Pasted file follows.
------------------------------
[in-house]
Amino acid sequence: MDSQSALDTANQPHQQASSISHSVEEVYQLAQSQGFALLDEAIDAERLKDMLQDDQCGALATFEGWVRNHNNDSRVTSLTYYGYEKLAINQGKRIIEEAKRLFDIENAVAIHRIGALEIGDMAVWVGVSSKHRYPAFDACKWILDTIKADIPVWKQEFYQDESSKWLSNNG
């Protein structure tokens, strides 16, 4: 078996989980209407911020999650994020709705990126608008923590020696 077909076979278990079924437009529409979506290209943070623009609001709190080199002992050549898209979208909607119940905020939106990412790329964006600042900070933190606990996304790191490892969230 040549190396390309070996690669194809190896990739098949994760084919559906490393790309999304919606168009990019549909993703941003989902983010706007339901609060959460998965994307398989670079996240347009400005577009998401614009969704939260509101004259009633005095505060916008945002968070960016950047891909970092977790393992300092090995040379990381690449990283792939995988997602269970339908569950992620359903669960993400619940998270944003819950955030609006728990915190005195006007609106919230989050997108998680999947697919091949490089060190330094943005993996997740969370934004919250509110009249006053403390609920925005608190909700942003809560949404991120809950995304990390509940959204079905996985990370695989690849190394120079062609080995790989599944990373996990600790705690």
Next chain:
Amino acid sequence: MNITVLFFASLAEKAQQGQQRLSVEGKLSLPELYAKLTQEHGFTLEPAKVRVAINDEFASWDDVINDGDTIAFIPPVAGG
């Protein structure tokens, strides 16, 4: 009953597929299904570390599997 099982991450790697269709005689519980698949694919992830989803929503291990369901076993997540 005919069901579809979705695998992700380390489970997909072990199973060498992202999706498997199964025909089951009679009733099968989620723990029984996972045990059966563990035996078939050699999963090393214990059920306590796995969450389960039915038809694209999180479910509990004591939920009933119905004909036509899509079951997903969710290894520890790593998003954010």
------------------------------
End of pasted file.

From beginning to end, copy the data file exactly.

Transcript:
[in-house]
Amino acid sequence: MDSQSALDTANQPHQQASSISHSVEEVYQLAQSQGFALLDEAIDAERLKDMLQDDQCGALATFEGWVRNHNNDSRVTSLTYYGYEKLAINQGKRIIEEAKRLFDIENAVAIHRIGALEIGDMAVWVGVSSKHRYPAFDACKWILDTIKADIPVWKQEFYQDESSKWLSNNG
């Protein structure tokens, strides 16, 4: 078996989980209407911020999650994020709705990126608008923590020696 077909076979278990079924437009529409979506290209943070623009609001709190080199002992050549898209979208909607119940905020939106990412790329964006600042900070933190606990996304790191490892969230 040549190396390309070996690669194809190896990739098949994760084919559906490393790309999304919606168009990019549909993703941003989902983010706007339901609060959460998965994307398989670079996240347009400005577009998401614009969704939260509101004259009633005095505060916008945002968070960016950047891909970092977790393992300092090995040379990381690449990283792939995988997602269970339908569950992620359903669960993400619940998270944003819950955030609006728990915190005195006007609106919230989050997108998680999947697919091949490089060190330094943005993996997740969370934004919250509110009249006053403390609920925005608190909700942003809560949404991120809950995304990390509940959204079905996985990370695989690849190394120079062609080995790989599944990373996990600790705690």
Next chain:
Amino acid sequence: MNITVLFFASLAEKAQQGQQRLSVEGKLSLPELYAKLTQEHGFTLEPAKVRVAINDEFASWDDVINDGDTIAFIPPVAGG
């Protein structure tokens, strides 16, 4: 009953597929299904570390599997 099982991450790697269709005689519980698949694919992830989803929503291990369901076993997540 005919069901579809979705695998992700380390489970997909072990199973060498992202999706498997199964025909089951009679009733099968989620723990029984996972045990059966563990035996078939050699999963090393214990059920306590796995969450389960039915038809694209999180479910509990004591939920009933119905004909036509899509079951997903969710290894520890790593998003954010």